The Bakersfield Californian from Bakersfield, California on August 28, 1936 · Page 12
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The Bakersfield Californian from Bakersfield, California · Page 12

Bakersfield, California
Issue Date:
Friday, August 28, 1936
Page 12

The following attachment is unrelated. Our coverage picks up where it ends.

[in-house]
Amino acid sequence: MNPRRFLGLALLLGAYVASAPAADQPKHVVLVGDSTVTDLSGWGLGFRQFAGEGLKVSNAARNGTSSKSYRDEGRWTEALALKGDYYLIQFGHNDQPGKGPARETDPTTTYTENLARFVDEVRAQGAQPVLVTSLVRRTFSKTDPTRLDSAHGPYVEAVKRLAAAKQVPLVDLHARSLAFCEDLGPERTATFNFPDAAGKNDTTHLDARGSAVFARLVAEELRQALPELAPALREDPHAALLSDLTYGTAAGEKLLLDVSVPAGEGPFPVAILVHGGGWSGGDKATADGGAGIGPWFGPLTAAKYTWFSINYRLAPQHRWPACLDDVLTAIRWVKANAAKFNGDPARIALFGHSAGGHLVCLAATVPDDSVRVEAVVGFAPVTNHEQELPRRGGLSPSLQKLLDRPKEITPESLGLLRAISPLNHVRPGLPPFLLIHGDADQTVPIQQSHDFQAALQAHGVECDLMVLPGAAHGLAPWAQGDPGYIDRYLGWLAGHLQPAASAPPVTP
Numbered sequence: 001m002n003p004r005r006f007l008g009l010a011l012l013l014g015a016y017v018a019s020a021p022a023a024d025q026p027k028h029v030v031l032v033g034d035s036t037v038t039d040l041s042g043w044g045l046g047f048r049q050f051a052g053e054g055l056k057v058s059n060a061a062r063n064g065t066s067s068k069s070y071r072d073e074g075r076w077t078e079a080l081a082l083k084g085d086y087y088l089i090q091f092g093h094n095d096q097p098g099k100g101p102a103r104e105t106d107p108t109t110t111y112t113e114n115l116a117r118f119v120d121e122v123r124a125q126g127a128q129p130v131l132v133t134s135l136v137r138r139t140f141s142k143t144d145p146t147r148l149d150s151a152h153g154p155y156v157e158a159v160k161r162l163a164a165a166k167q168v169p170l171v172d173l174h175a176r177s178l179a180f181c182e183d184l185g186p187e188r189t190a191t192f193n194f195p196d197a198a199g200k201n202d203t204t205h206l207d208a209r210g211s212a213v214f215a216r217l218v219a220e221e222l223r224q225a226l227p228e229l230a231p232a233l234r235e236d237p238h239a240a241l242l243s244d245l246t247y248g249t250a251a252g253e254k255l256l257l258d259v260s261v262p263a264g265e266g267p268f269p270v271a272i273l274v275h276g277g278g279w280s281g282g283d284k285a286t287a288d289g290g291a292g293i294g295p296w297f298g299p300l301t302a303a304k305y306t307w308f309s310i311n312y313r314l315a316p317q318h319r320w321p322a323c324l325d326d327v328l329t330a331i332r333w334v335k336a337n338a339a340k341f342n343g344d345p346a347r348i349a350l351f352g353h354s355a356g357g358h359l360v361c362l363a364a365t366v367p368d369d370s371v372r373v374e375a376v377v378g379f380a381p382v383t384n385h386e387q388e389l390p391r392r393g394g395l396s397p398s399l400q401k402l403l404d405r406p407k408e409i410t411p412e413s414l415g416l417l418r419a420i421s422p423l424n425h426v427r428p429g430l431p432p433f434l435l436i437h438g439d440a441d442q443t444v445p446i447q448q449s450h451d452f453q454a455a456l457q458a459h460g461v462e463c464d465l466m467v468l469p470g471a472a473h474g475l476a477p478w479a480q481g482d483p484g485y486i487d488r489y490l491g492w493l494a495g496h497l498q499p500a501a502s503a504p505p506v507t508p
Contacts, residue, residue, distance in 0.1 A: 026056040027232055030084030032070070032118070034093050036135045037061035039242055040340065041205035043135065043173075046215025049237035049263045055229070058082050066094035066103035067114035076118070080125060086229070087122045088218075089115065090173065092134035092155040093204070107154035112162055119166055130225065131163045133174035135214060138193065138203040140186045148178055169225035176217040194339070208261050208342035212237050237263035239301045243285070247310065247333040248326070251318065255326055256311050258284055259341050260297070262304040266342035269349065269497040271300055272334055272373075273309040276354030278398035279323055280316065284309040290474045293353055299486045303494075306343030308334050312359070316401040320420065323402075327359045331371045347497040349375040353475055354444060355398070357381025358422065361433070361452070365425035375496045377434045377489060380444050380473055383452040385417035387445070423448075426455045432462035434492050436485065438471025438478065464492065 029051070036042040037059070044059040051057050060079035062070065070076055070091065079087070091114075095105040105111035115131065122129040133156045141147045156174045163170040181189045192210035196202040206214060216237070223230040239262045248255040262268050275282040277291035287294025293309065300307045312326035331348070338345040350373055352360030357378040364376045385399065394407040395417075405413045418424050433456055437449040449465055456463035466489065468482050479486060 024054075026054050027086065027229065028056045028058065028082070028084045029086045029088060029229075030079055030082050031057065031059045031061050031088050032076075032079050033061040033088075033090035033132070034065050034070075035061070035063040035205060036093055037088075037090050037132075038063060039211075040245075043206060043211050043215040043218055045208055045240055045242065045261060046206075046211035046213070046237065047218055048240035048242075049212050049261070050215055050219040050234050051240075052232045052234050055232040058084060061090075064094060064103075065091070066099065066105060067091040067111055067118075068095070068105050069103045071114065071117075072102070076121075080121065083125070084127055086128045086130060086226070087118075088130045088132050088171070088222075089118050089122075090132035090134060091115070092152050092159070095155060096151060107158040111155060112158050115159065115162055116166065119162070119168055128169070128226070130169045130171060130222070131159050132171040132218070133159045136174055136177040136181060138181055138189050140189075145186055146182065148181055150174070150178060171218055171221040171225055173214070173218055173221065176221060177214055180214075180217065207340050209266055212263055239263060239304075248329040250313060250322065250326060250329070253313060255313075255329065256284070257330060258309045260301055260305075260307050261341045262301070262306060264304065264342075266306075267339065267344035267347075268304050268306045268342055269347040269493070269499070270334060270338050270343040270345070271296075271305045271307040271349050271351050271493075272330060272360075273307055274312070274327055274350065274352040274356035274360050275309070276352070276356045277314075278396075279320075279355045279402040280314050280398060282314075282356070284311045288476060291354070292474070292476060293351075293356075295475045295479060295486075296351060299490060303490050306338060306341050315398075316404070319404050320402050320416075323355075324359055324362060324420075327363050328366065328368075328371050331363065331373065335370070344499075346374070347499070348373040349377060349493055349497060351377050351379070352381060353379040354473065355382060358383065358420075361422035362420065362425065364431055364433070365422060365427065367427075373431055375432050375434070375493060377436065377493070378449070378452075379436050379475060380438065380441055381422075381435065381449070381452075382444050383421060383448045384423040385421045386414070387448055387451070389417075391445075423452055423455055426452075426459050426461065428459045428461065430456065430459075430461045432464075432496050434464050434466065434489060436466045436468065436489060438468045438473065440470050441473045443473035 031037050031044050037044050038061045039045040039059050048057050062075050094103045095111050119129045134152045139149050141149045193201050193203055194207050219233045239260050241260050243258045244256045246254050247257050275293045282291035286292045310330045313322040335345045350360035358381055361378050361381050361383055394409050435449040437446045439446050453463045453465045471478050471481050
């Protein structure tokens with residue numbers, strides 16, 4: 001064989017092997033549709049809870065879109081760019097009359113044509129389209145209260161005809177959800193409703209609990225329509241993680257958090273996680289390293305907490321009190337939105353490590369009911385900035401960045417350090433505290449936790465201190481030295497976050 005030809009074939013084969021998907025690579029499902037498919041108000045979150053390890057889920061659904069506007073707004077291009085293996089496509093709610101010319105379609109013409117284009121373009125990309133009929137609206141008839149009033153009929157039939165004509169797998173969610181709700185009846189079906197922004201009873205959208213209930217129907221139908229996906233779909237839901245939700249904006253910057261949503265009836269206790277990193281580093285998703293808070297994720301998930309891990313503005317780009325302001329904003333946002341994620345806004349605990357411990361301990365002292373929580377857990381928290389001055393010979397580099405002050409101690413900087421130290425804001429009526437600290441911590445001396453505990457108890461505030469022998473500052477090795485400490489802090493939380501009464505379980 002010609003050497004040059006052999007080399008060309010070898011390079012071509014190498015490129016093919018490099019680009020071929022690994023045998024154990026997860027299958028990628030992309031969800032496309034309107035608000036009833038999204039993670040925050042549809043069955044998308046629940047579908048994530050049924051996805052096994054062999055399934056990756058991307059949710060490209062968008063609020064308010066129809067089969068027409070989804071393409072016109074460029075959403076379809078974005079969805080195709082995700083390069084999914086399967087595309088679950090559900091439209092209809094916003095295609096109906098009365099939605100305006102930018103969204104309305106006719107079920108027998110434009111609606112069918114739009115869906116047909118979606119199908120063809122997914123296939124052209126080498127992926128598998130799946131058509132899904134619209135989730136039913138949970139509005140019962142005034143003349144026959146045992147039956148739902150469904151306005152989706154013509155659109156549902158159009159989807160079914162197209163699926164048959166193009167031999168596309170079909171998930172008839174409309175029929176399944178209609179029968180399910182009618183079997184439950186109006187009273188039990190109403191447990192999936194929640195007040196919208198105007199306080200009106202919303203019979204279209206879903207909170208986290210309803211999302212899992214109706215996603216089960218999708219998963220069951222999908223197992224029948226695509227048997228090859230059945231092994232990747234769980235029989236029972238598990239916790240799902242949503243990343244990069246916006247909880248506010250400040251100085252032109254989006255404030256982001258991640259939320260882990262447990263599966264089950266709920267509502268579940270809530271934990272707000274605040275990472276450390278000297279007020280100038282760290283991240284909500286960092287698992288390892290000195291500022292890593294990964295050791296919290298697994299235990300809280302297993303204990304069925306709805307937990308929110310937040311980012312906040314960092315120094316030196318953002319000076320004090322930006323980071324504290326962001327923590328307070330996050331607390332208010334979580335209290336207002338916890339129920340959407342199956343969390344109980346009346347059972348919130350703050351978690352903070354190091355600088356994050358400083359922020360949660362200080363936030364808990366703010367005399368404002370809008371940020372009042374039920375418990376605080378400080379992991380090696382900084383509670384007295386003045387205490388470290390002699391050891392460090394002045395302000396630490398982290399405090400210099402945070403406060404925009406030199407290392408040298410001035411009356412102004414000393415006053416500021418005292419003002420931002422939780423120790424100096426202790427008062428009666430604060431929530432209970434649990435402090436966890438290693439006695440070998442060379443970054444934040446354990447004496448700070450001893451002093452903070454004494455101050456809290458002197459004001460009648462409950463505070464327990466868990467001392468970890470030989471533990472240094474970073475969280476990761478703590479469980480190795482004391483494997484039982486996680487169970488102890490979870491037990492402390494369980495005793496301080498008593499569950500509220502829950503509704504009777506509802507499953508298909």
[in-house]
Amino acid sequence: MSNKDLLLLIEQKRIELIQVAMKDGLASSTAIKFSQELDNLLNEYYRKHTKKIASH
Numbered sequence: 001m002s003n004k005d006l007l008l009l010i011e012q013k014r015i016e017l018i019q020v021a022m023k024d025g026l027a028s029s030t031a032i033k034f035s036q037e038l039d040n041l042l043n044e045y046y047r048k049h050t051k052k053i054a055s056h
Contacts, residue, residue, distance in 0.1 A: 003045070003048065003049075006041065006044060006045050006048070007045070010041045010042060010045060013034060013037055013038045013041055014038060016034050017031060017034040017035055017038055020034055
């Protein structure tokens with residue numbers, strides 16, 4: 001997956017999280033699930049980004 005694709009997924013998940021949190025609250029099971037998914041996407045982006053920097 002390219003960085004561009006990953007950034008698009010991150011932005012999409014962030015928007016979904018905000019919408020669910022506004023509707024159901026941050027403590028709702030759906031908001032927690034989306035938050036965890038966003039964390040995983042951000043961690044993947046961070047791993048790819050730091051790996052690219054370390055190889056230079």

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THE BAKKRSnELD CALIFORNIA?*, FRIDAY, AUGUST 28, 1936 North and South Battle It Out in Golf Tourney QUARTER FINALS GO ON AT SEA FAIRWAY (Altrtclnli it rrrnn Lrnnid ll'dr J UKAC1I. Calif.. Aug. 28. | Kelly opposed James Hen, Ban .lose, the result of a har<l fought win over Phil Gordon of Oakland, lit tho nineteenth. Kelly wns forced to an extra INJURED PAW DELAYS FIGHT •*• Survivors of two tough preced ing rounds, right qnnrtpr flnnllntn of California amateur golf championship bnnprrt out opening shots today on 1'o.bhlc Roach courso with the competitive field evenly divided between southern and northern sections of tlio Mate,. The south listed two top-hoavy favorites on UH side In the persons Of deft-ndlnir champion .lack Galnes of Olf>ndn)p and Kotfcr Kvlly of I ..OH Ancrcle*. Gnlnwi, shooting the flneit Kolf of the Mcond round, disposed of Vnrnon Ollitrnp, Berkeley, 6 and 4, to brittle him ognlnHt Mutt Pnluclo, Jr., Han Rafael. Palaclo advanced with a 4 fcnd * upset victory over Krneit IMc- p«r. Jr., 8nn Jose. In th« upper half of tlio druw, NIGHT BALL OPEN LEAGUE PLAY-OFF Won Ixxt Pet. T. M. C. A 1 0 1.000 Shell Oil J 0 1.000 Anglo Bank 0 2 .000 R**nHs Yesterday T. M. C. A., 11; Anglo Dank, 0. flame* Tonight T. M. C. A. va. Shall Oil, 8:30. INDUSTRIAL LRAOUK •Won Lost Rogaa Petroleum ... 1 t Twaco 1 1 Giimea Tonight Tetaco T*. Hofpui, 7:30 p. m. Pet. .BOO .BOO bole? after huvlnif bin rival four down at tlu> eleventh. lleii proved loo strong for Ilnlph Moffmiin, Oakland, yontenlny, wlnnhiK by a 4 and 2 count. Tom Telfcr, Berkeley, and BootH (correct) Uollowny, 1'anndena, imlreil up f»r their (junrtcr-flnii) 1H, np|>par- ently evenly matched. They won yesterday by Identical HCOH-H, 2 and 1, Telfer defeating Bud Browncll, Carmel, und Ilolloway winning from Charles Klngcr, Burllngamn. Tho fourth encounter brought together 1)111 Hliticlns, Oakland, nnd Jack Nounnan, Ixis Angeles. HlK- gins disposed of Fred Clark, Jr., Hnn Gabriel, on tho nineteenth and Noun- linn eliminated Tom Dwynr, Harm- meiito, 3 and 2, In second rounders. ON THE MAT fAtunclnlril Pint 1,rtt»fi\ \\'(tr) TOKONTO.—All Ontm, J05, Dr.- Irolt, won ovi»r t'ut MrClnry. 277, Ireland, (McClary dlsiraaJlfle<l on foul). WASHINGTON.—Yvon Robert, Caimdit, threw Ivan Mannicoff, RuMlit. TAX LIEN ON IIUTTON IMS ANOKl.KH, Aug. 28. (A. ]'.>— The government billed David L. Hutton, former husband of Kvango- llst Almt>o Heniplo Mcl'hermm, for $234.00 on his 1833 earnings In an Incomn tax lien on fllo today. Possibility of a return match between Louis and Schmcling was enhanced when, just before the lirown Bomber defeated Jack Sharkey, Joe tiould, manager of Champion Jimmy Braddock, asked the New York boxing commission to postpone the September title bout between hiN charge and the Herman. Gould stated that the champion's left hand had been injured and thai an operation would have to be performed to correct it. Here Gould, right, IN displaying an X-ray photo of Jimmy's hands to Braddock, left, and Schmeling. '.•*.•: T. W: '''., . QLIFORNin 1 -!> - - y?-v-".i «• V v ' >- < ¥: SEPT. 5-14 Greatest Agricultural Exhibit* in Nation Largest Horse Racing Card in History Amateur Contest -& Fireworks Nightly 4-H Club and Future firmer fronts Million Dollar Stock (trade Budapest Produces Large Crop of Suckers Reports One of Them at Nag Race By HENRY McLBMOKE OUDAPEST. Aug. i8. —Suckers •*-* must look the name tho world over. There must be xomuthlng nboiit n true chump which makes him as distinguishable In Budapest as In Chicago. Otherwise, how did n racetrack tout know enough to run straight to my side two minutes after I passed through tho gales of the Hungarian Jockey Club at Budapest? There were hundreds of other race-goers all about but that tout, with a look In hla face that only his breed wears, came swiftly und unerringly to my wide. H« had spotted a sucker and was Just about to make him his. It didn't take him long. Vivo nilnuteH after being colltird, I WIIH HtamlliiK before the "twenty npHRuJr" window playing the equivalent of )4 Niniick on the nose of an article named llozomimy, tho Second. My presence In front of that window, tuiil by my «!<le, cnme clime to proving that I inn the all-time free- Stylo sucker. Let me, explain my OJuct Hiatus as I Mood there shoving money across (he hoard. I was a stranger In a strange land. 1 didn't Npoak one word of lliuigurlan, hail never been to a Hungarian race- truck nnd didn't know whether tho race I wan butting on was 10 yards or 10 mlleH, on tho flat or over ditches. The system of. beting was ! totally Mrnngo to me. The cashier ' could have (,-lven me u ticket good j for one free elevator ride and I | wouldn't have known the difference. lOven if Koxomuny the Second won my chances of knowing about his victory were nllm. And even If he did, and I foutu! out about It, whore would I take my ticket to be cashed? I bad no Idea of the odds on my selection and 1 knew nlwolutoly nothing about hlw past performances. For oil I knew ho might be n milk hor««.' in n field of stake runners. In Hliort I represented mother Ignorance as I Htood there, cash In hand. The fact that my tout was able to maneuver me there so quickly was no credit to my basic wit content, lie spoke no English and his features, while plentiful, wore a bit short of being informative'. He backed up his gesticulating by point- Ing to paragraphs of my program but the writing was as unintelligible to me as hieroglyphics written in pig Latin. The paragraphs undoubtedly were pregnant with inclining but I'll copy a few lines and let you see for yourself why they left m« cold. Hen; Is one hutch of writing ho was particularly enthused about: "A/, otodlknek veKgett enie- slg hell vl.stizamenni, hogy mecbli- liato tmnponfot liaphiihsunli, uiltl- tan elol Kzerrniidnl e» Ira, nnl Ic- fcln jol futo ma jdneni kellctt do e7. e/wili mlnfahogy nyertn forma- jatol jutnl do liogy Icgjobb." It looked even worse thnn that In tho paragraph for my typewriter hasn't th« necessary gadgets to put all the little swallows, sparrows flying flxh, flotsam, jetsam and gen cral debris over the letters that Hungarians do. I finally rid myself of the tout—b> tho stern measure of giving him a fistful of pengoes and fillers—and went irto see llozomany tho second run his race. That name was given him by doting parents for he was no where near second at the finish. Ho was about seventh after having been held off tho pace as my old friend Paul lllrtcnsteln of tho Chicago Dally News would say for too long a time. Hungarian IlcttiiiR Toutless I went about and made a study of Hungarian betting by myself, netting M of two kinds—parl- mutuel and bookmakers. I won't say how the parl-mutuels work over here, but the bookies aro the same. They aro placed off under a shed and each has his own platform and stool. I patronized one whoso card read thusly: "Klopfer .leno—Bookmekcr Fogad- si Irudtijii. Kloklroduk; Zuglo BoMr.y Decline Invitation for a Week's Stay in N. Y. at No Expense (A undated I'reif Leaned WlreJ ABOARD S. S. President noose- •'••velt, en Route, to New York, Aug. 28. — The main sqimd of 239 American Olympic athletes, of.fl- lals nnd coaches decided today to pass up New York's Invitation to stay over a week after Its arrival tonight for a civic reception. nut there's no indication they will pass up the opening for a big family scrap some time during the winter. The Olympic committee regretfully declined the city's invitation to hold over tho team, at New York's expense, until the Manhattan arrives with another batch of athletes next Thursday. A big reception with a parade up Broadway and a gathering of tho entire Olympic team at Randall's Island had been planned. Tho committee expressed willingness to meet- the mayor's reception committee at quarantine, where the ship Is due at 6 p. m, (eastern standard time) tonight. It was pointed out, however, that many athletes are obliged to leave Immediately for their schools or Work and as a Substitute It was suggested tho possibility of a reception on tho dock before tho team disbands tomorrow. Meantime the outspoken comments of neveral crltlrs have pointed definitely >to an internal battle In' the Olympic organliation. It's almost certain the Eleanor Holm .larrett case and the dropping of two Jewish sprinters, Sam Stoller and Marty Glirkman, from the 100-meter relay team, will be thrashed out among the officials. Likewise the intormlttent warfaro between college leaders and A. A. U. officials for control of tho Olympic organization likely will be re newed. Masters Has Say Alfred Masters, Stanford assistant track and field manager, Indicated this by some pointed comments on the relations of Olympic officials and athletes. "AVhcn mistakes In managemen* nnd handling of athletes are repeated with such persistence as was manl- festad on this trip, tho time has ar. rived to face tho facts and reorgan. Ize," ho said. "I have many friends among the Olympic leaders and do not question their Integrity, but I have frankly told them I question their Judgment on several Important points. Afier Profits "The official anxiety to get the percentage of proflta wherever possible Is short sighted and only leads to such Incidents as Jesso Owens' abrupt return home. Personally I think Owens did the right thing." Blasts from the boxing team arc expected to be directed toward the officiating at the games. Roy IJavls, team manager, said: "If boxing officiating had been as efficiently and completely controllei by the sponsoring nations as in thi case of track and field, the Unlte< States would have had four Olympic boxing champions. It's hard to be Hove anyone affiliated with amateur boxing could be so dumb as some 01 the decisions Indicated." SANTA MONICA TK.VNIS SANTA MONICA. AUK. -S. (A. P.)> akter sixteen. Tol. 2-97154. Seged: Ke- Two Los Angeles entrants, IV. C.or-1 lemen-l' Klght Telefou 12GOS." aid Uartosh und Jess Mlllnmn, ' don't know what Klopfcra' card shared the limelight as play In i means In its entirety, but I have a men's slnnloH opened today lii the i sneaking simpleton that that "Fo- gndsi "nhort hoiiH«>" Santa Monica tennis championships, i Hernlo I'oghlan, Santa Monica j youth, lead the way Into the quarter final round of (he junior sin- i which Irodaja" business menns prices a specialty of tho because 1 had a winner resembled a hungry plow gli«M by downing Al Cameron. Los' puller and Klopfer Rave mo only 3 Anneles. G 'J, ti-4, and P. \Vll.soii, Los 1 Angeles, <;•(). C-0. It<m Lulitn, Angeles, top i Koetled, won his first match from i Mick J)car.l«'ii. n.Mrrly Hill.*, ii-1. ii-1'. to I. To my dying day, I'll believe the honest price on that bag of bones \viis somewhere, between 200 and HOO to 1. (fouyrlilit. 1030. by United l>:-e.«) WILL POLISH LOCAL DIAMOND Manager Frank Eaton and Pitcher Wilkins of the Centura club who will be here with their team Sunday to meet the Bakcrsfield Bees at Recreation park. Bert Hoi- lingsworth, manager of the Bees, is also giving a bean guessing contest as a feature of the game. The winner geU a $25 merchandise order. League Leaders Diamond Dust (Amioriatfd I'rai Leaned Wire) Johnny Rroncs, Yankees—Held Ilrowns to three lilts. Roy HeiiBhiiw, Cubs—Called in from bull-pen, he shut I'hlllleg out with six hiis._ Randall Gumpert, Athletics — Held White Sox to two hits in first major league start. IJoyii Waner, Pirates — liis iiintli-innlnR single drove in two runs In 6-3 win over Dodgers. Danny McFayden. llces, and Roy 1'arnielee, Cardinal*—Former pitched four-lilt victory; Parmelee hurled hltless ball for seven inning*, allowed but three hits in 20 frames, but lost. Hal ThosUy, Indians—His ninth- inning homer brought Indians from behind afalnrt Senator*. Tommy Bridges, Tigers—Stopped Red Sox with four hits. (Associated J'rcna Leaned W(rc) AMERICAN Batting—Avorlll, Indians, .384; Goh- rlg, Yankees, .378. Kuns—Oehrlg, Yankees, 142; Gehringer, Tigers, 122. Huns batted in—Trosky, Indians, 126; Gehrig, Yankees, 131. Hits—Avcrill, Indians, 180; Gehringer, Tigers, 185. Doubles—Gehringor, Tigers, 44; Walker, Tigers, 43. Triples—Dl Magslo, Yankees and Averlll, Indians, 14; Homo runs—Gehrig, Yankees, 40; Trosky,' Indians, 30. Stolen bases—Lary, Browns, 28; Werber, Tied Sox, 20. Pitching—Haclley, Yankees, 11-3; Kennedy, White Sox, 18-6. NATIONAL Batting—Medwlck, Cardinals, 367; Mlze, Cardinals, .363. Runs—J. Martin, Cardinals, 102; Ott, Giants, 36. Runs batted in—Medwlck, Cardinals, 123; Ott, Giants, 108. Hits — Medwick, Cardinals, 186; Demaree, Cubs, 171. Doubles—Medwick, Cardinals, 49; Herman, Cubs, 48. Triples — Camllll, Phillies, 12; Goodman, Reds, 11. Home runs—Ott, Giants, 27; Berger, Bees. 2C. Stolen bases—J. Martin, Cardinals, 19: S. Martin. Cardinals. 1C. Pitching—Lucas, Pirates, 11-3; French, Cubs, 18-.'.. •* » » Marion Miley Is Winner of Match (United rreni Leaned Wire) SOUTH BEND, Ind., Aug. 28.— Bouncing back after a near defeat iii the third round, defending champion Marlon Miley of Lexington, Ky., today met Dorothy Traung, San Francisco star, In the upper bracket semifinal match of the women's western golf championships. Tho lower bracket pitted Patty Berg against her Minneapolis partner, Beatrice Barrett, the 1935 run- nerup. Miss Mllcy defeated the veteran Mrs. O. S. Hill, Kansas City, when the former western champion rimmed the cup with a 20-foot putt that would have clinched the match on the eighteenth green. Miss Miley squared it and won the nineteenth in par for a 1-up victory. Miss Traung defeated 35-year-old Hope Selgnious, Detroit, 1 up. Miss Berg defeated Mrs. Gr&gg Lifur, Los Angeles, 6 and 4 and Miss Barrett, turned back Han-let Randall, Indianapolis, 5 and 4. Frank Lima Heads Next Battle Card Uakersfleld's fight arena will bo the Boenc! of a series of amateur battles Monday night lod by Frank Lima and Al Orayson, tho flerisa- tional L. A. welterweight. Frank Is on a winning streak and hopes to add another scalp to his belt band. Tho seml-wlnilup will present a pair of local boys with Eddlo Bond, shu pitted against his old enemy, Wilson Mackey. Eddie Is out to even up tho score since Wilson tagged him with a decision last week. Henry Johnson has been banded a big assignment for tho week when he meets Sammy Fontaine, a standout lightweight from the south. Tho rest of the program will include: Flash Jordan of • Bakersfleld versus Mike Gomez of L. A.; Lupo Munoz of BakersfUld versus Franklo Wagner of the Barn; Wilson Brooks of L. A. versus OIHe Lewis of Bak ersfleld; Frankle Boy of Bakersflold versus Joe Levlnsky of tho Barn. Fellows Squad to Battle Athletics Jimmy O'Connell's Fellows Mer chants will clash with tho BakersfielO Athletics Sunday on the West Side This will be the second game In tho valley loop playoff. Tho Fellows team Is the favorite by a Mlm margin since It nosed out the local team lust week 11 to 10. The As arc out to win the series but they are up uKal a tough combination which has been bolstered at the weak points by addi lion of some Taft players. Ted Mayer. Athletic backstop, will be back In the lineup, llowslcy is back and will hold down tho Bakersfield club's first base after an absenco of some weeks because of a sore arm. "Bunky" llollandsworth, a slugger during the early part of the season will also be on band. Momentum Increases for Grimm's Champions of National By LESLIE AVERT (Vnlttd 1'rett Leaned Wlrt) TVTEW YORK, Aug. 28. — The •^ Giants are up nnd the Cardinals are down—but what itbotit the Cuba? Little has been said about Charley Grimm's Chicago National League champs. Tied with the Cards for second place, three games beneath the ' Giants, the Chicago Cubs have been quietly gathering momentum for another stretch drive such da last year's 21-gamo record-breaking winning etreak that carried thorn Into tho world series. Orlmm's clouters have won their latest five. In that quintet of victories, Cub hurlers hava gone tho distance in each case, allowing a total of only seven runs. Koy Henshaw pitched against the Philadelphia Phillies yesterday and tho 25-year-old southpaw gave, up only six hits an tho Cuba won, 1 to p. The Giants, who wore gunning for their fifteenth consecutive win, were rained out In Cincinnati, and in tho only other National League game played, tho Pittsburgh Pirates beat Van Mungo and tho Brooklyn Dodgers, 6 to 3. Sterling Performances Throe sterling pitching performances wore, turned In by the Ainfcrl- can League hurlers. The best of all was thq two-hitter by 18-year-old Hundall Gumpert, who In his second major league start for the Philadelphia Athletics defeated the Chicago White Sox, 6 to 2. Hut Three Safeties Johnny Broaca of New York allowed but three safeties as the St. Louis Browns were sent down to a 7-to-l defeat, and Tommy Bridges of Detroit pitched four-hit ball to win from Boston, 4 to 2. Tho other game was a Blugfest with each toam using four hurlers. Cleveland gained tho long 1 end of a 10-to-9 decision over Washington In 10 Innings. OIL'S NOT KIOHT ROC-HESTER, N. Y.. Aug. 28. (A. P.)—Tho four Mack brothers, dairy farmers in suburban Garland, have struck oil on their property—and they don't like It. They meant to pet only water when they had a well drilled. The Macks complain tho oil is seeping Into water, milk and almost everything on the farm. Their problem, they say, is now to stem the flow. SEEKS ENGLISH RECORDS ON SALT SPEEDWAY Carl Young Wins in Midget Auto Race f.\ naorlatrtl 1'renn Leaned Wire) LOS ANGELES. Aug. 28.—Going to the front in a closing stretch duel wltn Peewee Dlstarce,- Karl Young won the ilO-lup main event of tho midget racing program last night at Gllmore Speedway. Young finished in 14 minutes 4.4 seconds. Mo made his evening perfect by taking the 3-lap trophy, too, setting a new track record of 49.39 seconds. Dlstarce wound up in second place in the big race after leading most of the way. I'erry Grim was third, Roy Paissing fourth and Pat Cunningham fifth. Two crackups marred tho program, but five pilots Involved escaped serious injury. D. W. Me- Cuuloy suffered lacerations about the faces when ho hit Angola Conforte hcadou after tho latter went Into a spin. OLD ELECTION VICTORY ! OAFFNKY. R. C., Aug. 2S. <A. P.) A North Carolina pollco chief led tho ticket for sheriff of a South Carolina county in the Democratic primary. It. Hruco Bryant, who continued his residence In Gaffney when he became pollco chief at Kings Mountain, X. C., will, however, have to win the run»pff heforo he can be sure of the office. He commutes 20 miles dally from Gaffney to Kings Mountain. i*:-.' heat-resisting lubrication t FOR SUMMER DRIVING I STOP WEAR LUBRICATION SERVICE mm^ : & Ab Jenkins, inset. Suit l.iikc City, t'tuh, endurance driver, and his new automobile, which he will drive on I'luh'* salt flat speedway in an effort to lower records up to 24 hours, now held by an Enelinh llolls-Uoycc. SAFE, economical, enjoyable operation of your car in summer depends upon correct lubrication. Union Lubricants, used in Stop- Wear Service, stop summer .wear because they are heat- resisting, friction proof.. applied by experts. Watch for the Stop-Wear sign at hundreds of service stations. UNION OIL COMPANY LUIRICATI FOR SAFETY EVIHY 10OO MILES LOAD UP at... Vincent's DOVE SEASON OPENS ON SEPTEMBER 1 for Thirty Days of Sporting Pleasure We have complete linep of the three leading brands of ammunition: • REMINGTON • WESTERN • PETERS GET YOUR HUNTING LICENSE HERE For convenience to hunters we will remain open Monday, Auf. 3l,9p. m, Friday, Stpt. 4, 9 p, m. Saturday,Sipt, 5, 9p.m. Sunday, Stpt, 6, l2nMn VINCENT'S CYCLERY AND SPORTING GOODS STORE 1723 ElfhtMnth Oppoilt* Po»t Offfc* PHONE 1922 We Call for and Deliver